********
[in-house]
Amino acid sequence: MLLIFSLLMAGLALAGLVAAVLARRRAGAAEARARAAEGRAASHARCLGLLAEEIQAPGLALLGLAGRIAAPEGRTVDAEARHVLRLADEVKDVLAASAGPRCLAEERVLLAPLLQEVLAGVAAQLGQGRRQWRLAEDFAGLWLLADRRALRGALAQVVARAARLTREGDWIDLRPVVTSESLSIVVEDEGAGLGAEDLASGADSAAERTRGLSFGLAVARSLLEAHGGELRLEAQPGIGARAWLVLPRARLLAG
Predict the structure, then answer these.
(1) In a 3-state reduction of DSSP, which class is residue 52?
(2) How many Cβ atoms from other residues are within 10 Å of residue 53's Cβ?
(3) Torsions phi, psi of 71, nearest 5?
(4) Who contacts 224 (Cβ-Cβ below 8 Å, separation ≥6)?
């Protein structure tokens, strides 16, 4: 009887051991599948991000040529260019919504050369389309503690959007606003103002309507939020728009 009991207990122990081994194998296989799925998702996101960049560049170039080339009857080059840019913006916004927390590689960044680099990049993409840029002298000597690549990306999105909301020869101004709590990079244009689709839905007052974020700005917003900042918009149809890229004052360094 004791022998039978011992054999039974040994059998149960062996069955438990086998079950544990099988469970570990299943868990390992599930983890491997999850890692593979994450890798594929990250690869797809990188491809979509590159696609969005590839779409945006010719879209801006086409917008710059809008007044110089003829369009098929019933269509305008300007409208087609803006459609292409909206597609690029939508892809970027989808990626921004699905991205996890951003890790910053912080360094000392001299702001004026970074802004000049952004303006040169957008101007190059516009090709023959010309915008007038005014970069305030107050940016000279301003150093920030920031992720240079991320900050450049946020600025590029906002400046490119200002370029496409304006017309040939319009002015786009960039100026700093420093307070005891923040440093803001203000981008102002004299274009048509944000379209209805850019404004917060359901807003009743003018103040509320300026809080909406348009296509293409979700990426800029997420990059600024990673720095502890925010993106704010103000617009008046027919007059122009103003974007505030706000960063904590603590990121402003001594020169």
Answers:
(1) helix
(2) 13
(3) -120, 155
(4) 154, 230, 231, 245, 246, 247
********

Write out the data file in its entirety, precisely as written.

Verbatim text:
[in-house]
Amino acid sequence: MLLIFSLLMAGLALAGLVAAVLARRRAGAAEARARAAEGRAASHARCLGLLAEEIQAPGLALLGLAGRIAAPEGRTVDAEARHVLRLADEVKDVLAASAGPRCLAEERVLLAPLLQEVLAGVAAQLGQGRRQWRLAEDFAGLWLLADRRALRGALAQVVARAARLTREGDWIDLRPVVTSESLSIVVEDEGAGLGAEDLASGADSAAERTRGLSFGLAVARSLLEAHGGELRLEAQPGIGARAWLVLPRARLLAG
Predict the structure, then answer these.
(1) In a 3-state reduction of DSSP, which class is residue 52?
(2) How many Cβ atoms from other residues are within 10 Å of residue 53's Cβ?
(3) Torsions phi, psi of 71, nearest 5?
(4) Who contacts 224 (Cβ-Cβ below 8 Å, separation ≥6)?
């Protein structure tokens, strides 16, 4: 009887051991599948991000040529260019919504050369389309503690959007606003103002309507939020728009 009991207990122990081994194998296989799925998702996101960049560049170039080339009857080059840019913006916004927390590689960044680099990049993409840029002298000597690549990306999105909301020869101004709590990079244009689709839905007052974020700005917003900042918009149809890229004052360094 004791022998039978011992054999039974040994059998149960062996069955438990086998079950544990099988469970570990299943868990390992599930983890491997999850890692593979994450890798594929990250690869797809990188491809979509590159696609969005590839779409945006010719879209801006086409917008710059809008007044110089003829369009098929019933269509305008300007409208087609803006459609292409909206597609690029939508892809970027989808990626921004699905991205996890951003890790910053912080360094000392001299702001004026970074802004000049952004303006040169957008101007190059516009090709023959010309915008007038005014970069305030107050940016000279301003150093920030920031992720240079991320900050450049946020600025590029906002400046490119200002370029496409304006017309040939319009002015786009960039100026700093420093307070005891923040440093803001203000981008102002004299274009048509944000379209209805850019404004917060359901807003009743003018103040509320300026809080909406348009296509293409979700990426800029997420990059600024990673720095502890925010993106704010103000617009008046027919007059122009103003974007505030706000960063904590603590990121402003001594020169």
Answers:
(1) helix
(2) 13
(3) -120, 155
(4) 154, 230, 231, 245, 246, 247